Starring Zachary Bennett, David Huband, Stephanie Moore, Martin Roach, Terri Hawkes, Richard McMillan, Mike ‘Nug’ Nahrgang, Tony Munch, Michael Riley, Joshua Peace, Diego Klattenhoff
Directed by Ernie Barbarash
Expectations: Low, but higher than I had for the second one.
On the general scale:
On the B-movie scale:
Jesus Christ. Are the events of Cube Zero really what was going on behind the scenes this whole time? My mind simply cannot comprehend this fact, and as soon as this review is over I’m going to do my best attempt at a home lobotomy to forget everything I stored in my short-term memory about the film; I’ve got a wire hanger all ready to go. This film is a case-in-point example of why things shrouded in mystery will always trump an explanation. Despite some valiant efforts on the filmmaker’s part to resurrect the spirit and visuals of the original film, Cube Zero is a total dog of a movie.
But this wasn’t always my opinion. Cube Zero starts off incredibly strong, delivering one of the best trap kills in the entire series, bested only by the first film’s opening kill. The kill here is acid in nature, but instead of the quick face-melt like the one in Cube, this is some kind of slow-burn acid that the victim first thinks is water. Lulled into a false sense of security, the guy drinks as much of the liquid as he can suck off his drenched fingers, only to eventually notice his deteriorating skin and realize that yes, indeed, he has sprung a trap. What follows is one of the best full-body, skin-peeling disintegrations I’ve seen in a film. It’s truly a thing of beauty.
And really, all the kills here are pretty well done. There’s even another gnarly, slicing wire kill, and if you’ll remember from my Cube review, I love gnarly, slicing wires. We’re also treated to a great head explosion, but even these wonderful bits of gore can’t save a movie collapsing in on itself. I even liked Cube 2 better than this one, despite all of these great positives that were by themselves much better than most things about Cube 2. And y’know what? I probably could have tolerated this one’s stupidity if it weren’t for the late-game appearance of a character named Jax.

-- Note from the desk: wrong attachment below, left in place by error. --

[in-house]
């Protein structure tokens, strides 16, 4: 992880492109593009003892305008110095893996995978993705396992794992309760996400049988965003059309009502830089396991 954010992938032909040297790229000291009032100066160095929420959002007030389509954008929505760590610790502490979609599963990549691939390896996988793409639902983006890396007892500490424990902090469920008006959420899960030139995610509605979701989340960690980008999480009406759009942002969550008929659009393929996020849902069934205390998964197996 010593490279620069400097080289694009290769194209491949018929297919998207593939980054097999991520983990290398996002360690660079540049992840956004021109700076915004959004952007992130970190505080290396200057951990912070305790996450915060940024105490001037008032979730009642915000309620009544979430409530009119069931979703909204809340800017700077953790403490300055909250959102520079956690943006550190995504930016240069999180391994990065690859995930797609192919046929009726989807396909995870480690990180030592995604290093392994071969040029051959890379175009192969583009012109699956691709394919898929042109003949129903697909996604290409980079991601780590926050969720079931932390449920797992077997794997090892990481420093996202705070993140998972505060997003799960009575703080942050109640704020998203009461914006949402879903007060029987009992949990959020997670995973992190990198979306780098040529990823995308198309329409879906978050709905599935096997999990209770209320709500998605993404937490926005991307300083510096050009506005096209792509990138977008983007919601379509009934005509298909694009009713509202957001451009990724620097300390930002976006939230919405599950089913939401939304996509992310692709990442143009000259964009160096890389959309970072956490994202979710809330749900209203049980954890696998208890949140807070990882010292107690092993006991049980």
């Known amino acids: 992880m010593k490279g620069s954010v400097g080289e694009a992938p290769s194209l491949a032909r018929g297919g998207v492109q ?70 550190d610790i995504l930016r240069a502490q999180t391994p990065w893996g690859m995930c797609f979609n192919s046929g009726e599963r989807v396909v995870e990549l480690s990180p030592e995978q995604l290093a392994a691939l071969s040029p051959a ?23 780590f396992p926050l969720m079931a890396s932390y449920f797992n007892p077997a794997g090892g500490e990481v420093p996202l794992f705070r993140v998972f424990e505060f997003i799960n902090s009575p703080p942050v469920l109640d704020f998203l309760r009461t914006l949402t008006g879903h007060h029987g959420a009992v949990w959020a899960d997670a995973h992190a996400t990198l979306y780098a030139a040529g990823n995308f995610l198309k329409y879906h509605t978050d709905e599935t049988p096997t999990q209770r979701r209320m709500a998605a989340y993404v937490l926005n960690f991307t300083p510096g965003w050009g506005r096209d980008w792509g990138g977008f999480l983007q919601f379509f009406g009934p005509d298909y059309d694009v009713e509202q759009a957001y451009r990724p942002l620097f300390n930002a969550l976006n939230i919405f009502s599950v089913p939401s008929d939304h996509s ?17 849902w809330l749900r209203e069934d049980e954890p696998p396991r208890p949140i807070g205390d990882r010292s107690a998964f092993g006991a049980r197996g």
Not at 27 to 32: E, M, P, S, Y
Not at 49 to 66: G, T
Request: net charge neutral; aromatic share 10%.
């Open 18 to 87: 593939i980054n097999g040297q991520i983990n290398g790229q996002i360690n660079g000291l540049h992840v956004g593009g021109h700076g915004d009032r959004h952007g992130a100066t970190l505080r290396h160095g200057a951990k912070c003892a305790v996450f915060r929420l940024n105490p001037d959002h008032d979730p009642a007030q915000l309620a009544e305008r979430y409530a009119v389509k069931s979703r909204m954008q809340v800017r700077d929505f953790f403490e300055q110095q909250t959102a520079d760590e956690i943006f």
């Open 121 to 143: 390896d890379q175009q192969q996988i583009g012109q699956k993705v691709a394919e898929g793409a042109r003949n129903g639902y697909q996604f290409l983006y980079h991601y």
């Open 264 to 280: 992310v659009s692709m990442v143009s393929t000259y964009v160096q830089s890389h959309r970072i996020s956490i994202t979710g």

Jax is a guy with one eye, who apparently works for the people that run the cube, and his character is awful. He’s so over the top that at times I felt like I was watching an episode of the Power Rangers. Y’know those rub-your-hands-together-and-cackle-wildly villain’s lair scenes in Power Rangers? Jax’s scenes feel just like that. And I don’t mean that in a “they’re a lot of fun” sort of way either, because those scenes in Power Rangers are fun as shit. Here they’re just ridiculous and mind-blowingly stupid. I’m almost completely at a loss for words.
The cube itself returns to something of its former glory, but this cube is even more primitive. Instead of the cohesive, industrial design of the original’s set, this cube feels more jury-rigged and experimental. The title is exactly correct, if the first cube was “Cube 1.0,” then this one definitely feels like the original, prototype version. I really enjoy this aspect of the Cube series, as each film seems to respect the ones that came before it and do its best to fit alongside the others.
The production feels like it’s a bad TV movie, like something produced for the Syfy channel but with a bigger FX budget. There are some interesting filmmaking techniques used throughout though, and I especially liked how they played with the lighting during the dream sequences, creating a bleed of light that streaked across the screen. I don’t know that it accurately portrays what dreams look like (at least not mine), but it does create a striking, memorable image and that’s the most important part in a movie, no?
And in spite of my general hatred of most of this movie, I must give the filmmakers credit for not using the “I worked on the Cube” reveal that the other films (especially the second) kept returning to. It’s a welcome respite, but not nearly enough to make me forget about everything else I hated about this film.
If you’re already two cubes deep in the Cube series, I’d advise just staying pure and avoiding this one. Of course, there are lots of people that enjoyed this film, so you might want to watch it anyway, in spite of my warnings. And besides there are those great moments of gore, which are arguably good enough to warrant watching this if you’re into such things. Oh God, what am I saying? Am I actually cautiously recommending this movie that I despised? What’s wrong with me? Who are you people? What have you done to me? What happened to the lights? Where am I? The cube? AHHHHHHHHHHHHH!
Cube Zero was a Reader’s Choice selection from Rodney of Fernby Films.